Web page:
By James Wynbrandt
American Champion Aircraft (ACA) unveiled the Xtreme Decathlon yesterday at EAA AirVenture Oshkosh 2012, ushering in a new iteration of its stalwart Decathlon aerobatic airplane. Powered by a 210-hp Lycoming AEIO-390-A1B6 engine mated to an MT 76-inch composite propeller, the Xtreme Decathlon offers a 30-hp increase over its predecessor Super Decathlon.
Combined with a 62-pound weight reduction and control surface modifications, the Xtreme Decathlon provides "a new level of aerobatic performance," according to the Rochester, Wisconsin, based company. The ACA has the flight-test prototype on display at its booth (223-226, Main Aircraft Display) and expects to receive certification for the new model by this October.
ACA Vice President of Engineering Jerry Mehlhaff Jr. said aerodynamic refinements include boosted ailerons, clipped wingtips, and an airfoil tail. Early flight tests show the ailerons and clipped tips contribute to a 33-percent increase in roll rate, while an increase in stabilizer area yields improved longitudinal control and a reduction in needed stick force. The net result is "better aerobatic performance," said Mehlhaff.
The engine installation also incorporates several new features, including heavy-duty dynafocal mounts, a tuned 4-into-1 stainless steel exhaust, and dual oil coolers. The cowl features large left and right access doors and a composite fiberglass nose bowl.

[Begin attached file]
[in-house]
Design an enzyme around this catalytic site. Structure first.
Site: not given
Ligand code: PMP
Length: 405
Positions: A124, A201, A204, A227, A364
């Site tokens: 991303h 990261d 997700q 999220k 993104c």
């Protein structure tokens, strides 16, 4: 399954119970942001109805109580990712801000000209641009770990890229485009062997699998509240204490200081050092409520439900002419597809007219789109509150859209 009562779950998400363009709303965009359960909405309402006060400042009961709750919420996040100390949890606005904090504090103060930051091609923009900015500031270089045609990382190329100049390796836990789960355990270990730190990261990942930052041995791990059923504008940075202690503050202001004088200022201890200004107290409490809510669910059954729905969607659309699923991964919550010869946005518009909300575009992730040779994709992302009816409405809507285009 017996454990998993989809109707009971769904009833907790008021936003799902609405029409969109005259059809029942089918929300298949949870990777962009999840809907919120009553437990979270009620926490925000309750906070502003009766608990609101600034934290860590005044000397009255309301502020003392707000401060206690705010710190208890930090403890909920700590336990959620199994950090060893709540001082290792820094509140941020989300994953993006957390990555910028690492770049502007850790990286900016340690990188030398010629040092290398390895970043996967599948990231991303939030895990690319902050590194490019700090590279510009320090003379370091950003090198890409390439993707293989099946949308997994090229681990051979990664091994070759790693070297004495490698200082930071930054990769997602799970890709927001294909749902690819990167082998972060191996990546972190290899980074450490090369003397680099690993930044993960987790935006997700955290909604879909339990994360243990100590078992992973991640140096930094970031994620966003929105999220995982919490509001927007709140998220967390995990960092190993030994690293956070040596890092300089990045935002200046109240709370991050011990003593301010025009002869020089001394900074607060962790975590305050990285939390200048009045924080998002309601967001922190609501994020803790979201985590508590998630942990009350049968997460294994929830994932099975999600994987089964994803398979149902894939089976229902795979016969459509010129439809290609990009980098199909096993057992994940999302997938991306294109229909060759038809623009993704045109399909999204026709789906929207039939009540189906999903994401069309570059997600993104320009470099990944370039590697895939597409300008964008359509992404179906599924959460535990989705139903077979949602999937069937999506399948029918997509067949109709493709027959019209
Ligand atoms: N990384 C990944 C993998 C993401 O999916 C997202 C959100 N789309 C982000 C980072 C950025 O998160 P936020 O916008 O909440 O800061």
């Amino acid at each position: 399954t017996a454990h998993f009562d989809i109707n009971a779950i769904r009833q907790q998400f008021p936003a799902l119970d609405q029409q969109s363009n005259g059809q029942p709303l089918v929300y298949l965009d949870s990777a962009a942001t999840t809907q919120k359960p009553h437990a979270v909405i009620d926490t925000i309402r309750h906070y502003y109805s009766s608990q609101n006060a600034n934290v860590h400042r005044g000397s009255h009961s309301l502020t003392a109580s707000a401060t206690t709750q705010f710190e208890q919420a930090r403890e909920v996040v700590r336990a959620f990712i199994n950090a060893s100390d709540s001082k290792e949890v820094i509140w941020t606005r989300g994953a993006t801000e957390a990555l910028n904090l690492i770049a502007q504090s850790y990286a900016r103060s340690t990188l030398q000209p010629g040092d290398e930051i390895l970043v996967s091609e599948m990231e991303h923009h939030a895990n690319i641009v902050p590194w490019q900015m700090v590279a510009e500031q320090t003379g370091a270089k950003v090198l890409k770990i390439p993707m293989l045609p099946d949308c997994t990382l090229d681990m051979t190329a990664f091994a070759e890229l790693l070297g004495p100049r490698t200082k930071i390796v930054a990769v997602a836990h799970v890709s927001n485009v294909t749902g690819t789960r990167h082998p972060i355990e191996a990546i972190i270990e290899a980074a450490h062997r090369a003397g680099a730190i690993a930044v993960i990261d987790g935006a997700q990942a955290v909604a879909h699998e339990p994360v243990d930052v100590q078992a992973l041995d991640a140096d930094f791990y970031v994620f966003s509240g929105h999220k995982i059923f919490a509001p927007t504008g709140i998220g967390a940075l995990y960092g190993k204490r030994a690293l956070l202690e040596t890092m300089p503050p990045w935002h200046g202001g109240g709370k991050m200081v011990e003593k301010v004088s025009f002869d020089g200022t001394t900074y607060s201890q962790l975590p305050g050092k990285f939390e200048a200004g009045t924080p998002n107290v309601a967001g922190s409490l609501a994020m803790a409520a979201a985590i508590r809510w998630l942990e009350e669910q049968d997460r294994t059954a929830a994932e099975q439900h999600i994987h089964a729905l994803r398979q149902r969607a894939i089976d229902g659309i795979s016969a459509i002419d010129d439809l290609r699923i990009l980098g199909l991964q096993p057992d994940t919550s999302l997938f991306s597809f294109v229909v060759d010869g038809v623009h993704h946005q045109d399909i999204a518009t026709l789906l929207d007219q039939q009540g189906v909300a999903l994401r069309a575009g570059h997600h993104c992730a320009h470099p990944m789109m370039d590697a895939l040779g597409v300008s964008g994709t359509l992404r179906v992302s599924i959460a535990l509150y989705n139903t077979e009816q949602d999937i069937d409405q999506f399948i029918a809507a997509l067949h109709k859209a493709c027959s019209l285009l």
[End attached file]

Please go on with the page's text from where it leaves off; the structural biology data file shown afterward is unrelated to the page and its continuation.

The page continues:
Gross weight of the prototype Xtreme Decathlon is 1,950 pounds, aerobatic weight is 1,800 pounds, and empty weight is 1,340 pounds. Preliminary flight tests indicate rate of climb is 1,660 fpm, maximum level speed is 165 mph, and stall speed 54 mph. Company test pilot and engineer Jody Bradt said these figures may understate the actual performance of the certificated aircraft. Base price is $204,900. A fully tricked-out copy with all options, including a glass panel, would take about another $70,000 out of your bank account. The ACA said it will continue making the 180-hp Super Decathlon.
Some 1,000 Decathlons are currently in service, and ACA dealer Jeff Welch of Freedom Transport in Alpena, Michigan, anticipates positive market response to the new aircraft.
"I expect we'll see a fairly quick turnover in about 10 percent of the fleet," he said. "In the next 12 months, we think we'll hear from 100 owners, in addition to new customers" interested in purchasing the enhanced Decathlon.
Said company president and co-owner Jerry Mehlhaff Sr., "Things are finally starting to rebound."
ACA's line of fabric-covered two-place tandem aerobatic and utility aircraft feature metal spar wings and include the Champ; the Citabria Aurora, Adventure, and Explorer; and the Scout.